Hometown: Born and raised in Long Island, NY with a splash of Alpharetta, GA
College: Northwestern University
Occupation: Editor, The Huffington Post- Black Voices
1. Describe your job in three words. Hectic. Inspiring. Challenging.
2. Your favorite article you’ve ever written and why? I think it would probably be the feature story I wrote when I was in grad school about charter schools in Chicago because I worked really, really hard on that story. I spent weeks looking at data and spoke to so many students and parents and administrators. I had so much information and to sit down and craft a story out of everything I had and to try to explain the people I had met and their experiences, it was extremely challenging. But in the end, I was incredibly proud of how it turned out. It was so early in my career, and still probably one of my proudest moments. I think the other cool thing about that story was I did everything. I put the stats together in graphs, I shot and edited video, I interviewed, I wrote it. So it is one of the stories that showcases all of my talents as a journalist which is something I take great pride in.
3. Was there any article you wrote that broke your heart? Oh yes! I wrote a story entitled “How Rachel Jeantel Helped And Hurt George Zimmerman’s Defense Team” and that story broke my heart for a couple of reasons. Watching Rachel Jeantel testify was really hard for me. I wanted to give her a hug. Here’s this young woman who not only lost a friend, but never wanted to be involved in this case that, at that point, had become the biggest story in the country. I just wanted to give her a hug and empower her. She was trying to do the right thing and she was being scrutinized in a very public forum. It was hard for me to write that story and try to be objective. I think the Zimmerman trial in general was the hardest thing I’ve ever had to cover. I had followed the case for over a year, and even though I thought I would be numb to a not guilty verdict, I wasn’t. It hurt like hell. It made me realize that if I have a son (I’ve always wanted boys) the majority of this country won’t value his life the way I will. It made me realize the dangers my little brother faces that I’ll never know anything about. It was a slap in the face with some serious reality, a reality I thought I had already faced. But after hearing that verdict, I realized I didn’t even really know the half of how far we have to go in this country when it comes to race and discrimination.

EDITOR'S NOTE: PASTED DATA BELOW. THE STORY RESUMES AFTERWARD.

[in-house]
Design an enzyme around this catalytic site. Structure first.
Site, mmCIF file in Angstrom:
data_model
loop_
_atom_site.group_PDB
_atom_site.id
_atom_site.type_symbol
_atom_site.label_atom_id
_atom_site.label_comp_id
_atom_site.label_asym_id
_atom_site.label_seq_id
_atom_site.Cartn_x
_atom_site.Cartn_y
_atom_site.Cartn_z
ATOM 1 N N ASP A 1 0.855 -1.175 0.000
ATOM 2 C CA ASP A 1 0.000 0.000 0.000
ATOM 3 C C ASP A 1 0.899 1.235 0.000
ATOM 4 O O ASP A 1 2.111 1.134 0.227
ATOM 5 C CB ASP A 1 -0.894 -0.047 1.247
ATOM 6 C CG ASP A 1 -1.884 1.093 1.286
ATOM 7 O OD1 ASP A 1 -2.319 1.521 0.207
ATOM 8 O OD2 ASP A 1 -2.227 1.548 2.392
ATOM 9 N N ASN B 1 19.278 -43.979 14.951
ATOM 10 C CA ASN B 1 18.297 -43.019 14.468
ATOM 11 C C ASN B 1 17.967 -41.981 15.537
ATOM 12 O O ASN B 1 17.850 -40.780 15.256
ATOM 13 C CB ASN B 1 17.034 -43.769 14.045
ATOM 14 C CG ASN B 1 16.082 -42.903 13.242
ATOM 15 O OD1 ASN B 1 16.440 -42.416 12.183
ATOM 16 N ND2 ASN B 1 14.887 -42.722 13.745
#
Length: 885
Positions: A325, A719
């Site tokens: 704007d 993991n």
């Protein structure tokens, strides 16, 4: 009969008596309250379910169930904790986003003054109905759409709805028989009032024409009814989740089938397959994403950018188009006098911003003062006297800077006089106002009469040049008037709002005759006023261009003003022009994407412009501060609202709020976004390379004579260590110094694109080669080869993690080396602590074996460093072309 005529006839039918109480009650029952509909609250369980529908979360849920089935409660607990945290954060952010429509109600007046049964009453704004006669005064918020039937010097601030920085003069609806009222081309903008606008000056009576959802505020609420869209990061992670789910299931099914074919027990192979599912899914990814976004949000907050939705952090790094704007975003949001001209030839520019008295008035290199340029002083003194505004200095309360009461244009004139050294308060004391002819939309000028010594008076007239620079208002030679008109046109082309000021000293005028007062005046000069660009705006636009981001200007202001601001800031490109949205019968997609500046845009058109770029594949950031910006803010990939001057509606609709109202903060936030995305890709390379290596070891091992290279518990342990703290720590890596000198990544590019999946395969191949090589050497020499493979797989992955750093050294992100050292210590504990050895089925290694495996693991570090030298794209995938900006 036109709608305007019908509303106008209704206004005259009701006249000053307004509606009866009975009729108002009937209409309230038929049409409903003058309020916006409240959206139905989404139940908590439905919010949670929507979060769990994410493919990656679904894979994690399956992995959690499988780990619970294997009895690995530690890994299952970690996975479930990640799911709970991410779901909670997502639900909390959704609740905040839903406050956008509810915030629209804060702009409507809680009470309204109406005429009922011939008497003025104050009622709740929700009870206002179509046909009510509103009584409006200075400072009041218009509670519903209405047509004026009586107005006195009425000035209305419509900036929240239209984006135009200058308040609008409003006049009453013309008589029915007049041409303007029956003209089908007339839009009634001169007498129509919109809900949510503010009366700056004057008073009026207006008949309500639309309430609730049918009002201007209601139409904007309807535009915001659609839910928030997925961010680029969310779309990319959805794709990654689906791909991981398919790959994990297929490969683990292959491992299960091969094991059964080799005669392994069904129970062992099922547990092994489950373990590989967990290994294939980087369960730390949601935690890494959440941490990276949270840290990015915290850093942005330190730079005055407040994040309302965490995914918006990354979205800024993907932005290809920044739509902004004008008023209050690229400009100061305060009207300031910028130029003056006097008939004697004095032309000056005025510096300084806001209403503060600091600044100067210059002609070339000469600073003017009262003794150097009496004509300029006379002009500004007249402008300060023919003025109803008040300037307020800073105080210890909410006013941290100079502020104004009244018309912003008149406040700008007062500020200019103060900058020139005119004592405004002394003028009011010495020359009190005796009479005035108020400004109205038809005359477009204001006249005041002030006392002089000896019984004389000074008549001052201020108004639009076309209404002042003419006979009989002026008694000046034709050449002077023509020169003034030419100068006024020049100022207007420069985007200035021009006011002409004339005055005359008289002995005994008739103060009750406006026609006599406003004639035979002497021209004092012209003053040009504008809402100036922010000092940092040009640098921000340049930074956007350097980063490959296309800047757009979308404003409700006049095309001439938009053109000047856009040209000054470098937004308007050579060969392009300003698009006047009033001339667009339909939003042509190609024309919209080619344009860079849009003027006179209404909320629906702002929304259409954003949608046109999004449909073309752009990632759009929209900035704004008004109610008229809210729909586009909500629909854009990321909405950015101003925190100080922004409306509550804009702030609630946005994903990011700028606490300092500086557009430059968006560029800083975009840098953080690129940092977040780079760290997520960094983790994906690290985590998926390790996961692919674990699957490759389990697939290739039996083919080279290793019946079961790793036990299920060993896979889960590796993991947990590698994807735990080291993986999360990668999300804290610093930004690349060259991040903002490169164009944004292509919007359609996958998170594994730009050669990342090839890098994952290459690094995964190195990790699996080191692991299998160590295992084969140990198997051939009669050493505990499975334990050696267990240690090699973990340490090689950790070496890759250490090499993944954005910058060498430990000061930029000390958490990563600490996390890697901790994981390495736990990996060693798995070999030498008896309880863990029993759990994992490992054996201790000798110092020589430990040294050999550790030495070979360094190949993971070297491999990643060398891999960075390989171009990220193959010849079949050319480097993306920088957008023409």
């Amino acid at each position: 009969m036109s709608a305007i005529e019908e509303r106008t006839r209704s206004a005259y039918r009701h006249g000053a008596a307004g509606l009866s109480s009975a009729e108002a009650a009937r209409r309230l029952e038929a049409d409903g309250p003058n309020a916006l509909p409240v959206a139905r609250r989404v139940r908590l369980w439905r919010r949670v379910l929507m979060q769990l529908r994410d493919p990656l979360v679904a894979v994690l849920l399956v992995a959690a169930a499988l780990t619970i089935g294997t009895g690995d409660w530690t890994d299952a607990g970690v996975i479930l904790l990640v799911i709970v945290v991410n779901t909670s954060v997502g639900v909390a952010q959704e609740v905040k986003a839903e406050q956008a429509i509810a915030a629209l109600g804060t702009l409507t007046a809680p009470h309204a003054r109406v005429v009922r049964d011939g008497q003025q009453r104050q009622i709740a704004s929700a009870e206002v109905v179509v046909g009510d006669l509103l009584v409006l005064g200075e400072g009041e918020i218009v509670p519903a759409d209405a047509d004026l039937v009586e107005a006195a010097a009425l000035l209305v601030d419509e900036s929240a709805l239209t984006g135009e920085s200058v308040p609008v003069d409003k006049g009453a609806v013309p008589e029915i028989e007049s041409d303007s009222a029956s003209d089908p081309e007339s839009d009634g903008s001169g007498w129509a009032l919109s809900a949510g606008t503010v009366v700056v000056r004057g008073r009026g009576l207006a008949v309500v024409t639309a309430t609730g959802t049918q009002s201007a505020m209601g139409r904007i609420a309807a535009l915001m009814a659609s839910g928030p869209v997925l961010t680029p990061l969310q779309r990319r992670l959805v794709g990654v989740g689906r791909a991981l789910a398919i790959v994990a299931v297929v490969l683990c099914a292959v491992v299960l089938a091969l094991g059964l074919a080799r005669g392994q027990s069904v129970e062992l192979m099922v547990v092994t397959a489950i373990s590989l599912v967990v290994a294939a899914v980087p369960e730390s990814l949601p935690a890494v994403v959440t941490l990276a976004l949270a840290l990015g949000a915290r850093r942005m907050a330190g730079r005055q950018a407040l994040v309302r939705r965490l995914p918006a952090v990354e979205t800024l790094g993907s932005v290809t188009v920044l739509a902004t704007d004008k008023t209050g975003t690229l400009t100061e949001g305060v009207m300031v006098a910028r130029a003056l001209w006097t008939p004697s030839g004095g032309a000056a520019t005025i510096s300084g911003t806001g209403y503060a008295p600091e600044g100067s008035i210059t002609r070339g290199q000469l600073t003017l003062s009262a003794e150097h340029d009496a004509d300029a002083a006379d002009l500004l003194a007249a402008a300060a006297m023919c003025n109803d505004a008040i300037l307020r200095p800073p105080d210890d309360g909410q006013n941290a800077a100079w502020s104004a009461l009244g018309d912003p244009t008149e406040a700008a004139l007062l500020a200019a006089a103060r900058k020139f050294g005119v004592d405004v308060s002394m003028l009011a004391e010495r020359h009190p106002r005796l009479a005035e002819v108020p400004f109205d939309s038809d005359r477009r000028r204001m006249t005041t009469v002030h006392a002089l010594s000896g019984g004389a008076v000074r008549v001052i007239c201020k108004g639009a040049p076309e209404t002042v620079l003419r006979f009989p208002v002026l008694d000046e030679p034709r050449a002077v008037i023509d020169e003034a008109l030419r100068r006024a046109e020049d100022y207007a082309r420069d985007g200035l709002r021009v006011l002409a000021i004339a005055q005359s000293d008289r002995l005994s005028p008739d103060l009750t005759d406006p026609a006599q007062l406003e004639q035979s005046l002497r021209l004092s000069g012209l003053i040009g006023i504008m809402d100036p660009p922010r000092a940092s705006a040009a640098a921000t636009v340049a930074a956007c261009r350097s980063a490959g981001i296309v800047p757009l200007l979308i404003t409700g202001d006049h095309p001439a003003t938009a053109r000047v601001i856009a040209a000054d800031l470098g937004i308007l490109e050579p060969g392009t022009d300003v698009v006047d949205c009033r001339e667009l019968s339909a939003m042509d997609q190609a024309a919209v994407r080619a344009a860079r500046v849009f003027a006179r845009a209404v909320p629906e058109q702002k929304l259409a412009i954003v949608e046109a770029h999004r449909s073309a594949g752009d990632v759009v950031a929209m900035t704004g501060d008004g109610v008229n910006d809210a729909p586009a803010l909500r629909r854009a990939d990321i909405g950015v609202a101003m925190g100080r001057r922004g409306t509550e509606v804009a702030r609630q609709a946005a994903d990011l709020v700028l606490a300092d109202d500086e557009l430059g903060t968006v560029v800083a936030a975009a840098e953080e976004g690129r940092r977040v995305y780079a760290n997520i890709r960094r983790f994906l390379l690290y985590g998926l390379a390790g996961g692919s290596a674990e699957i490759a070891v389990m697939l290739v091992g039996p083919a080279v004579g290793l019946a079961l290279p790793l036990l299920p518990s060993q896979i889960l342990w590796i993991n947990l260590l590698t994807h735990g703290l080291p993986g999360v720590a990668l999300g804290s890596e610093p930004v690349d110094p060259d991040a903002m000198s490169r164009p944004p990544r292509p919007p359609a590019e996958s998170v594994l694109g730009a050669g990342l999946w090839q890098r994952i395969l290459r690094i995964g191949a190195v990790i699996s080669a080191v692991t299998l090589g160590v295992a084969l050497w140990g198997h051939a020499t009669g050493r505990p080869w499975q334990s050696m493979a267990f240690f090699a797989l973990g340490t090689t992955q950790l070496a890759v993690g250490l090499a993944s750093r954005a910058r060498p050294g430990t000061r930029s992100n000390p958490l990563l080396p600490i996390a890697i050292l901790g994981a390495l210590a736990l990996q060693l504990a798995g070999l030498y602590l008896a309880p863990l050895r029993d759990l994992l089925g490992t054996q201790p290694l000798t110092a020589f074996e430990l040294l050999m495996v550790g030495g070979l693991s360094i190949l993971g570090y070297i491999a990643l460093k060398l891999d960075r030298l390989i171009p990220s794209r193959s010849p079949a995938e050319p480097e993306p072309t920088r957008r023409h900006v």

4. 2013 is almost over. Give me your professional year in review. It’s definitely been both a challenging and incredibly fulfilling year professionally. I was blessed to get a really exciting promotion toward the end of last year. But with great power comes great responsibility, so I really had to learn a lot about being a leader and what it means to finally have the dream job. I think I learned a lot about myself, about being a black woman in the workplace, about being young. I had to learn that I’m still in the beginning of my career, but I also had to be brave enough to take risks and trust my instincts. I had triumphs, I made mistakes,and I think I learned from it all. This is definitely the year that I think will set the foundation for a lot of my future professional decisions. I can see myself a few years down the road recalling how I handled situations this year and either choosing to do the same thing or handling it differently based on what I learned.